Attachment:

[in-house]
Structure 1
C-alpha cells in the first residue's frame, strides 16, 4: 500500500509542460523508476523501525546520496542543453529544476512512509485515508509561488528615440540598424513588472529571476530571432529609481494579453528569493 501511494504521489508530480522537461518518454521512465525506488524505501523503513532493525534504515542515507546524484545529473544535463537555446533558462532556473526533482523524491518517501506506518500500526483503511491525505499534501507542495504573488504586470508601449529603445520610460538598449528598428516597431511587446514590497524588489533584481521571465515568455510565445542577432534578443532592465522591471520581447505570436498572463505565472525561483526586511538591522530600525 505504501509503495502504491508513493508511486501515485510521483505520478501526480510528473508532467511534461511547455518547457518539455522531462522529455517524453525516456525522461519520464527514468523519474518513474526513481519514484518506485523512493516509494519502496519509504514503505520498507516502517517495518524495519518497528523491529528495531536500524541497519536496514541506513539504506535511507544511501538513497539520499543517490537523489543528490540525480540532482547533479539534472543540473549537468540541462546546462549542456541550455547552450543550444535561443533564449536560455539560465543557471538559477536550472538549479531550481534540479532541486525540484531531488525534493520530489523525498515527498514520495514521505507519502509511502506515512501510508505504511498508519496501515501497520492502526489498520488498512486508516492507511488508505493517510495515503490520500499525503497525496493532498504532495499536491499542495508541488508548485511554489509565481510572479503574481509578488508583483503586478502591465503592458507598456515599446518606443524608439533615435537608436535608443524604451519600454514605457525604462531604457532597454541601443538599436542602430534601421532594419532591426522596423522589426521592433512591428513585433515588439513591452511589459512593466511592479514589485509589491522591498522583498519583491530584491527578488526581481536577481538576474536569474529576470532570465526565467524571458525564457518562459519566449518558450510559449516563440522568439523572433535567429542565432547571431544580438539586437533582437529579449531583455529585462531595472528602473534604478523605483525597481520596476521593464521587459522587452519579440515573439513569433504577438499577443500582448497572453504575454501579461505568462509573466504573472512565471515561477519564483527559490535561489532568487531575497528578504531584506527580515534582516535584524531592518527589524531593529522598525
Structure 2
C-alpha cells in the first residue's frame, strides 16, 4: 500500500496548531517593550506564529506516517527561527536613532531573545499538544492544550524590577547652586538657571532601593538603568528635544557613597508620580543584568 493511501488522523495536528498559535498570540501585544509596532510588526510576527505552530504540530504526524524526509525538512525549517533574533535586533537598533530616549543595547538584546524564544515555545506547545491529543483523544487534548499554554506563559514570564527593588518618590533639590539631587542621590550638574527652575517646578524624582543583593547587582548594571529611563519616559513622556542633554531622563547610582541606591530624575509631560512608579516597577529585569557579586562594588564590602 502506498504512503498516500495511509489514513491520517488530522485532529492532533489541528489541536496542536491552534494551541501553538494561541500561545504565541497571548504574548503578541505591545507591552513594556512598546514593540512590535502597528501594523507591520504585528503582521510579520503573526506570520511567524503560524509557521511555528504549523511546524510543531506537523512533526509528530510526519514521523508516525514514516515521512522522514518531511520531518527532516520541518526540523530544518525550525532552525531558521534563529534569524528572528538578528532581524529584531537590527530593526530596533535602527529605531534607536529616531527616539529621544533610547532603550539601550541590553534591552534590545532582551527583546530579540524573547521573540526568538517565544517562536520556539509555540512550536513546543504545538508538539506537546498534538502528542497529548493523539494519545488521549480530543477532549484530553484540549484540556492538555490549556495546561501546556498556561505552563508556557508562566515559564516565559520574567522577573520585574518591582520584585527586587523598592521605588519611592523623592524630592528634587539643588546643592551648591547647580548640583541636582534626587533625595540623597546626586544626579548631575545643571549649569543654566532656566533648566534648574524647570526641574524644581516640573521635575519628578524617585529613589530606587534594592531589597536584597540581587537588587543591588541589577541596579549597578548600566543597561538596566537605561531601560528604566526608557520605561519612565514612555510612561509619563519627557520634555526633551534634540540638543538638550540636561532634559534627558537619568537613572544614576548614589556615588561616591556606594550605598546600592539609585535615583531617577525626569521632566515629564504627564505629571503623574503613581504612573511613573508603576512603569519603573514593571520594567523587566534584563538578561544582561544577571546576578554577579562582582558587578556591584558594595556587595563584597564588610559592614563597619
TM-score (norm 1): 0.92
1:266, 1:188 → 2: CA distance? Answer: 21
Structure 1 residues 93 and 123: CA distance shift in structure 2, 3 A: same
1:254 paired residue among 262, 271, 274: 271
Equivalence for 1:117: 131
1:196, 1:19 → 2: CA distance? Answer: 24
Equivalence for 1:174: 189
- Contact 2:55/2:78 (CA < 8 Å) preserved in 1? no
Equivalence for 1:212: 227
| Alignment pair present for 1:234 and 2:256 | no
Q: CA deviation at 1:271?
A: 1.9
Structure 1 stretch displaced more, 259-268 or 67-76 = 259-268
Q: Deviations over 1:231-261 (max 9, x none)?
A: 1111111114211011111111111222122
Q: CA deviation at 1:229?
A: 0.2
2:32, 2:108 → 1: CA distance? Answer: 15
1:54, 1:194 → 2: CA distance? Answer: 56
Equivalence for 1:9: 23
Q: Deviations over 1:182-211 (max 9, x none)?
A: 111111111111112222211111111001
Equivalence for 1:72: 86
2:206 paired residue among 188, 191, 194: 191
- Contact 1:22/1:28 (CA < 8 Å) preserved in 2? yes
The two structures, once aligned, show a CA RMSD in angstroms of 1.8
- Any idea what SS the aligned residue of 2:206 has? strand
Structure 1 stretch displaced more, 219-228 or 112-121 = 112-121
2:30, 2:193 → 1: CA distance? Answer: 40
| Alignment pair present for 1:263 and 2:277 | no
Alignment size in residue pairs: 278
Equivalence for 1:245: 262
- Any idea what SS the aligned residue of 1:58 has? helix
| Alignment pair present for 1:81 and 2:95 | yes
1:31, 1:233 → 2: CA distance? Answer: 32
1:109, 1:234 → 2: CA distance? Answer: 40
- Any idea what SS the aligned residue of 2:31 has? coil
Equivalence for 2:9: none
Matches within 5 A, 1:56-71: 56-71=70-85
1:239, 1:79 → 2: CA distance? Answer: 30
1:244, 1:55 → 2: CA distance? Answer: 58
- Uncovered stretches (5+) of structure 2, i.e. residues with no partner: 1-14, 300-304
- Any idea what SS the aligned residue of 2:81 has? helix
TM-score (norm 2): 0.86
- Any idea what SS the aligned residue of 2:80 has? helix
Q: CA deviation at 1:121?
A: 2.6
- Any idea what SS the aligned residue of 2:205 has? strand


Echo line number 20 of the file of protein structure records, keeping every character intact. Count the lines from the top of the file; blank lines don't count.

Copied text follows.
A: 1111111114211011111111111222122